From the September 19 edition of MSNBC Live with Velshi and Ruhle:
ALI VELSHI (CO-HOST): We're starting to learn more about Mark Judge. He's the third person that Professor Christine Blasey Ford alleges was in the room when she says Brett Kavanaugh sexually assaulted her in high school. Judge says the situation that Ford alleges never happened, but I want to take a look at who this guy Mark Judge is. He and Kavanaugh attended Georgetown Prep together, graduating in the early 1980s. In an interview with The New York Times, Judge sites their private school experiences and Catholic upbringing to dispute Professor Ford's allegations saying something like that, a drunken assault at a party, would stick out. But Judge's own writings recount hazy drunken partying including a bachelor party featuring a music teacher, students chugging beer, and all of them being, “entertained by the stripper.” His other book, entitled Wasted: Tales of a GenX Drunk talk about a “Bart O'Kavanaugh” getting drunk and vomiting in the backseat of a car, leading to speculation that the passage uses a pseudonym for Brett Kavanaugh.
And Judge's high school yearbook quote appears to endorse violence against women and at least one other caption in the yearbook seems to make light of the issue, all things Judge would have had control over as the yearbook's caption editor. Later in life according to Judge, he found the error of his ways getting sober, getting back into religion and briefly teaching at Georgetown University, but he also advocated for a “ambiguous middle ground when it comes to consent” and what he called “the wonderful beauty of uncontrollable male passion.” It's the discrepancy in Judge's defense of Kavanaugh that they were good Catholic private school boys just playing sports and doing school work against his other writings about the same time where Judge says he drank heavily, “lusted after girls,” and his views on how men should treat women.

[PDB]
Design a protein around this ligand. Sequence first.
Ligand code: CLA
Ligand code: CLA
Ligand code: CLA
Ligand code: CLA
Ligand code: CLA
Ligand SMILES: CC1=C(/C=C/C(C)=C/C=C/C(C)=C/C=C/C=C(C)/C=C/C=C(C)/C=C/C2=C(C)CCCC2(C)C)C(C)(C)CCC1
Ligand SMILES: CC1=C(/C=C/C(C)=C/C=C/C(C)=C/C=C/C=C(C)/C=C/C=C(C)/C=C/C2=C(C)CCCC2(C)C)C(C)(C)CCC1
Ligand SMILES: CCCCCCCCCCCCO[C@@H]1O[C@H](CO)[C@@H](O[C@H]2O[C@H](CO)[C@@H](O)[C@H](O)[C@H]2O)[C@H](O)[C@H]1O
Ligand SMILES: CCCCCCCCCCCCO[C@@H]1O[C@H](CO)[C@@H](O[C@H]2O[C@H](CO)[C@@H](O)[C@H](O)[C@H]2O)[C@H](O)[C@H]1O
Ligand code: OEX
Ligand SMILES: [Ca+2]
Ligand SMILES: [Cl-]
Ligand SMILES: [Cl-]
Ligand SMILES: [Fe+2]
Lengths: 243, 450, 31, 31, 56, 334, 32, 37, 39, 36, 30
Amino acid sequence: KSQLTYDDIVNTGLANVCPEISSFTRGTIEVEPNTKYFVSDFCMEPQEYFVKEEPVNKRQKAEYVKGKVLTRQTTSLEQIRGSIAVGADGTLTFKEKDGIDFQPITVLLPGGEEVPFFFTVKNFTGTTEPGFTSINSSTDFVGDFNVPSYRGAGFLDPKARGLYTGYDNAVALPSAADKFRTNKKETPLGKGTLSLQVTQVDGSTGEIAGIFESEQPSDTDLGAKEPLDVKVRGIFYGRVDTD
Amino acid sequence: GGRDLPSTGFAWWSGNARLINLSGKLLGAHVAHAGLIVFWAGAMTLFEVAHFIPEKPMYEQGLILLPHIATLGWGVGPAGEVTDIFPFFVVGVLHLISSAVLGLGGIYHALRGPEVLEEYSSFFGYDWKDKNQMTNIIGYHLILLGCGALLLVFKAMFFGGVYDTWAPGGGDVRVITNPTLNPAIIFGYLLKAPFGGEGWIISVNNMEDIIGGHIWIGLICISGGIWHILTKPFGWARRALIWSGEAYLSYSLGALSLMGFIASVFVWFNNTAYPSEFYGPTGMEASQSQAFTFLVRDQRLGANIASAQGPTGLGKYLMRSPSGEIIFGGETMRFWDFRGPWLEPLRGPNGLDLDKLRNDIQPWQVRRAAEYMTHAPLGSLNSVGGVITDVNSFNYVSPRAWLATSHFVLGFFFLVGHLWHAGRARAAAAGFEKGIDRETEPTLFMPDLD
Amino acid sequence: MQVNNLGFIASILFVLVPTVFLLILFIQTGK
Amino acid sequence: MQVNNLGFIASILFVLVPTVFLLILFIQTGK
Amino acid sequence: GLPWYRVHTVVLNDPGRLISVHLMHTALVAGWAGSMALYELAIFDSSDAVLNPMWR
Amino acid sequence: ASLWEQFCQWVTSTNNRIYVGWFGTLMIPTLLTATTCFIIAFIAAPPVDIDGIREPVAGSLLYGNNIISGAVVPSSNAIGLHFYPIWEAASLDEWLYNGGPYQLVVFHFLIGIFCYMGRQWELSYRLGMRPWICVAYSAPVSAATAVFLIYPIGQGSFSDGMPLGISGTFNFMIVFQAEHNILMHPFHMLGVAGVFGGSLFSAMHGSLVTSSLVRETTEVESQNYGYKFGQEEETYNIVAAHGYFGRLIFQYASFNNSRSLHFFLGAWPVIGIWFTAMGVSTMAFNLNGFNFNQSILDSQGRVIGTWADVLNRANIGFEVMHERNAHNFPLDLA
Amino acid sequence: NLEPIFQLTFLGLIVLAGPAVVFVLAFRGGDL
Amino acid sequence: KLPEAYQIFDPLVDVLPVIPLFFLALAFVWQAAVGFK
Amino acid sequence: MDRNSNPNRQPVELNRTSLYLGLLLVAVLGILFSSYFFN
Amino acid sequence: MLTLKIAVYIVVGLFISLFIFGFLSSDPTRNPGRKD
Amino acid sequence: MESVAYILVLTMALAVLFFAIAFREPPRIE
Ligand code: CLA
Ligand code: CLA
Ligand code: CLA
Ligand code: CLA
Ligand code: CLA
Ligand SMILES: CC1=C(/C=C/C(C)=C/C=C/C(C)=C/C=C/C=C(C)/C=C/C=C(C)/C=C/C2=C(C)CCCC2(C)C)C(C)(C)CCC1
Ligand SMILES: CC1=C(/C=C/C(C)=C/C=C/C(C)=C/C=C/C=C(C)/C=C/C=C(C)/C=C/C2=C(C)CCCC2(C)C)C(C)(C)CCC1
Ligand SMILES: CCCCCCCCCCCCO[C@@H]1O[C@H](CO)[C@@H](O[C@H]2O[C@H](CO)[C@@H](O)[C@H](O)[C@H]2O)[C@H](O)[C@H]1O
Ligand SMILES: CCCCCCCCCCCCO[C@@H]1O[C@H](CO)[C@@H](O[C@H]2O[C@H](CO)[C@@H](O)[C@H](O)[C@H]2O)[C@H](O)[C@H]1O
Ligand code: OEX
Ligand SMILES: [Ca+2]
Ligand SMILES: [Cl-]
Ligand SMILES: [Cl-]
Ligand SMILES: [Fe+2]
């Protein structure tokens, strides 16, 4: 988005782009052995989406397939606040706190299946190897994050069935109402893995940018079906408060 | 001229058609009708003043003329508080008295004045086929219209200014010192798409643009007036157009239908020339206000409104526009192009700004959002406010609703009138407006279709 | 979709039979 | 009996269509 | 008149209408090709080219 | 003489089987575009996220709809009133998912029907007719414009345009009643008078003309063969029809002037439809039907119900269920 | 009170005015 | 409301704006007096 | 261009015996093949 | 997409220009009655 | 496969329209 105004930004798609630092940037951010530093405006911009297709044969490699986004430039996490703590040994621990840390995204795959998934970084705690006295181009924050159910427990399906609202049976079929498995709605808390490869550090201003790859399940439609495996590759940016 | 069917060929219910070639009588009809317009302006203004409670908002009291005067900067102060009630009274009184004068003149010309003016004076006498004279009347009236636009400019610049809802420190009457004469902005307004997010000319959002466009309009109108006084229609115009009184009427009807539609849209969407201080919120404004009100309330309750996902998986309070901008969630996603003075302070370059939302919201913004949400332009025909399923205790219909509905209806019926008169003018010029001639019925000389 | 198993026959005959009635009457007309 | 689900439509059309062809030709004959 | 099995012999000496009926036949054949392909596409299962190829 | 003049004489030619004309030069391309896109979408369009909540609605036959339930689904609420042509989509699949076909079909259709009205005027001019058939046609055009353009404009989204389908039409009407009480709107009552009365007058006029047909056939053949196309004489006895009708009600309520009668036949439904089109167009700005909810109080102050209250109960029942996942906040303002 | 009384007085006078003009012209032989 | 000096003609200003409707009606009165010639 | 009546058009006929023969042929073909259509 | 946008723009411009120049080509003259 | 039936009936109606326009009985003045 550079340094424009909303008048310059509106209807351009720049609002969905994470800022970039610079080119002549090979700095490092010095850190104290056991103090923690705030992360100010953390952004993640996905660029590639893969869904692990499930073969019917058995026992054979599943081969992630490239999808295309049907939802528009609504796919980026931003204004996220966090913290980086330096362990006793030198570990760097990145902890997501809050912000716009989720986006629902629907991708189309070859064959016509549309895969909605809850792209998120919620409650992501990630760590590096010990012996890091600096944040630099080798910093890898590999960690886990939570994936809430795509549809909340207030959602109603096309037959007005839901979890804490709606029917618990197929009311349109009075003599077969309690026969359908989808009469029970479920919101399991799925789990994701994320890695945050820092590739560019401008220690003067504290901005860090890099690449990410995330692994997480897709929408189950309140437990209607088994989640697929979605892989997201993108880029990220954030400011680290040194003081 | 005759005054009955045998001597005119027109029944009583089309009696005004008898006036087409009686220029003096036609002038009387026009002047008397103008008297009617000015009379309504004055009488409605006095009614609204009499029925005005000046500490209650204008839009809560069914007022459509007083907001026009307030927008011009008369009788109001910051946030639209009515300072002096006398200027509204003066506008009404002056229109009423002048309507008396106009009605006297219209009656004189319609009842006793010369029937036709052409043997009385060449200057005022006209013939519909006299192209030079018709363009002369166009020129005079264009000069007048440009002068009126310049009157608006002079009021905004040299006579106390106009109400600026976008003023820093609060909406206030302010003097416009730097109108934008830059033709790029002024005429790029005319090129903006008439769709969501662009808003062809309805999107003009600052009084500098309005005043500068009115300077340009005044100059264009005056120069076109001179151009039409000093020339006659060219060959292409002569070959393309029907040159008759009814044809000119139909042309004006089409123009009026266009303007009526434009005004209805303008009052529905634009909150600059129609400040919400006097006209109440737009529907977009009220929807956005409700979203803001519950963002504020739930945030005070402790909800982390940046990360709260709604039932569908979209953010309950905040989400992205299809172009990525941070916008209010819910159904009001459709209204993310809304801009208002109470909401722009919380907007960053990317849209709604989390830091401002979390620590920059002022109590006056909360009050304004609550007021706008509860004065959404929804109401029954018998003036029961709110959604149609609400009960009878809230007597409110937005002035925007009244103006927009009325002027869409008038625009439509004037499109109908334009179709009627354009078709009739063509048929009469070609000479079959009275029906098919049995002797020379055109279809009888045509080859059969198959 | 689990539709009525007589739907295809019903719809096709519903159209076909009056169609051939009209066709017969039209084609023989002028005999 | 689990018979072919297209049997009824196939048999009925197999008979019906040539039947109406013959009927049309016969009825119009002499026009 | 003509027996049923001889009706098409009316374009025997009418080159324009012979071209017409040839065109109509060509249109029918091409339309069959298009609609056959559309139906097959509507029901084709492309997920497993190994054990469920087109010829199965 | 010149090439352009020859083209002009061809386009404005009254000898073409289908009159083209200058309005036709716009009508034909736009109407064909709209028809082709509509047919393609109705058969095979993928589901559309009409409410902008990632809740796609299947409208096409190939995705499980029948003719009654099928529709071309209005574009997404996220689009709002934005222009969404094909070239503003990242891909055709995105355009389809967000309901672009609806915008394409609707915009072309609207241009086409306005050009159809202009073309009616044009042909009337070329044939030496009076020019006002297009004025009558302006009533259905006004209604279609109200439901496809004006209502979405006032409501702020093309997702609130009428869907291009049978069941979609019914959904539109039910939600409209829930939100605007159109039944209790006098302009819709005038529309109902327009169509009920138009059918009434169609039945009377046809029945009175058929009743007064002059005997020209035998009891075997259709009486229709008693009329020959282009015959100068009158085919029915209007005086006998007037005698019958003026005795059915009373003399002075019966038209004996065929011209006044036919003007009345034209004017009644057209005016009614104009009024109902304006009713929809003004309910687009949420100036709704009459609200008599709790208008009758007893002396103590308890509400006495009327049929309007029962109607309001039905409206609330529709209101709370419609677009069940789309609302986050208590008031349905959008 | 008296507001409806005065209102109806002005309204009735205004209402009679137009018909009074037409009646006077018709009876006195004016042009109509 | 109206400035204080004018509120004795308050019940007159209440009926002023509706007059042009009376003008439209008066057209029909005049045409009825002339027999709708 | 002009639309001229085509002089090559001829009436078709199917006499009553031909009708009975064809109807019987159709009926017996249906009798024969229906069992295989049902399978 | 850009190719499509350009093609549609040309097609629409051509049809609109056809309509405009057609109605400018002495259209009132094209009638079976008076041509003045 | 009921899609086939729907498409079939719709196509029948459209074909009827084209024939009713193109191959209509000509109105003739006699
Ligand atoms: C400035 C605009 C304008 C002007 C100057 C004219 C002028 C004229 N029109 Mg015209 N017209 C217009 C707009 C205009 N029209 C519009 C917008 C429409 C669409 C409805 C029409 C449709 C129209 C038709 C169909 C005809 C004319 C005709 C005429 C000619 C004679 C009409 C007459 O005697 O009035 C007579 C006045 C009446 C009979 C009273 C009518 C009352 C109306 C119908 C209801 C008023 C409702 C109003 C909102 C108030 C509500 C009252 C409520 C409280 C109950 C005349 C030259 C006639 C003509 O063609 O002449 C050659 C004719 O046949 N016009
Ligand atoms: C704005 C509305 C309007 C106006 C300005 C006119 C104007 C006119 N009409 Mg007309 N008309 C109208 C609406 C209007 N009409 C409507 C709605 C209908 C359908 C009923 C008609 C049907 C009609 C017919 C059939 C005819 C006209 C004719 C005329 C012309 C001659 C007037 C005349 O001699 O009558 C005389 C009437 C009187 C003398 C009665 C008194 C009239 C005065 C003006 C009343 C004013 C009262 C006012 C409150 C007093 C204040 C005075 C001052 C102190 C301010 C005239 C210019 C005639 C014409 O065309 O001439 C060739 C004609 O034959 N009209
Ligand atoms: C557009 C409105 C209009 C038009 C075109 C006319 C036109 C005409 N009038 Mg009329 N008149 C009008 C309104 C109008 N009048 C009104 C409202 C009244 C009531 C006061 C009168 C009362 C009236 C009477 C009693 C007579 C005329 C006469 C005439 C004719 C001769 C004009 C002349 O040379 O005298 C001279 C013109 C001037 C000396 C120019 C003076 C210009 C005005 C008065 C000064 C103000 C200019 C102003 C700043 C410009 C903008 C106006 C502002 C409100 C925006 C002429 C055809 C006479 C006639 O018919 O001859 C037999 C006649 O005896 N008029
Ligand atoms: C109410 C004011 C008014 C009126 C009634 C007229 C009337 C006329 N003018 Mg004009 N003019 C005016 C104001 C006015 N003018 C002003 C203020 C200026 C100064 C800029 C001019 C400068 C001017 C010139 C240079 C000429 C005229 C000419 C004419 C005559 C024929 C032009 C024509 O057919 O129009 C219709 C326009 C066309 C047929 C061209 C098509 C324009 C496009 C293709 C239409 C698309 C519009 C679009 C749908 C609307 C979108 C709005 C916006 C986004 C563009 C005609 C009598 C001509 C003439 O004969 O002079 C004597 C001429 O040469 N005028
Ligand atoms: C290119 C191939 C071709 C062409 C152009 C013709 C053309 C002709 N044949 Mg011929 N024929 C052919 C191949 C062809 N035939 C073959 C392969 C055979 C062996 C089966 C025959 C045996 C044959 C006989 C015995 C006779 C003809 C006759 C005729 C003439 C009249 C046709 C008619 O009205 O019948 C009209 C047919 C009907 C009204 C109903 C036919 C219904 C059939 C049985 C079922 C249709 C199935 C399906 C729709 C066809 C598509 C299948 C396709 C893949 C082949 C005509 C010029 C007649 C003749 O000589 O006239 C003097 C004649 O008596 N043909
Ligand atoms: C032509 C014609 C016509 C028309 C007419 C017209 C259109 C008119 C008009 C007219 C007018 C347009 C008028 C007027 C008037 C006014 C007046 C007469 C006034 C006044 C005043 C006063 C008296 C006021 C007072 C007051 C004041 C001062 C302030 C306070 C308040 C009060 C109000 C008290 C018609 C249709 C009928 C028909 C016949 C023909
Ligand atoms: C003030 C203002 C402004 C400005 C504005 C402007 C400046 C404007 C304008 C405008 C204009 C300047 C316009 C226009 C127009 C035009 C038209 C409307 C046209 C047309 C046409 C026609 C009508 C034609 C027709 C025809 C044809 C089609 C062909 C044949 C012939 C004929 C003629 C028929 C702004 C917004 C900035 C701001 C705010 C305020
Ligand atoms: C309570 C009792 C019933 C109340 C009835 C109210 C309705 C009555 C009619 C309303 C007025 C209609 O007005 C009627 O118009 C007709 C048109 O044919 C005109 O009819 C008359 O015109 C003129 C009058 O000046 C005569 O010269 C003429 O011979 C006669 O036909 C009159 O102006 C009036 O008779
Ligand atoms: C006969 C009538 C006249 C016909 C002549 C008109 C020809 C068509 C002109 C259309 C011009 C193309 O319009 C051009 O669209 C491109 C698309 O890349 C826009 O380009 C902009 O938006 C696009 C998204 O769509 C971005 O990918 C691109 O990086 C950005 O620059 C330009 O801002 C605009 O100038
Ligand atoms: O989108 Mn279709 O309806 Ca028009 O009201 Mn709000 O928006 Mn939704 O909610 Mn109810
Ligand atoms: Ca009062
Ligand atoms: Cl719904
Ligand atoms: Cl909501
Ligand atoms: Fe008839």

VELSHI: He's a guy who has written a lot about women, and he has expressed what he thinks women's role in society is. What's the Cliffs Notes version of this?
AVI SELK (REPORTER, THE WASHINGTON POST): The Cliffs Notes is he's never used the words, but he's the type of person that are sometimes referred to disparagingly as men's rights activists. He writes about his notion of femininity and masculinity, whereas masculinity is like a man being a man, that quote about unbridled male passion, he's a fan of, you know, movie scenes of guys, you know, violently taking women and doing things to them.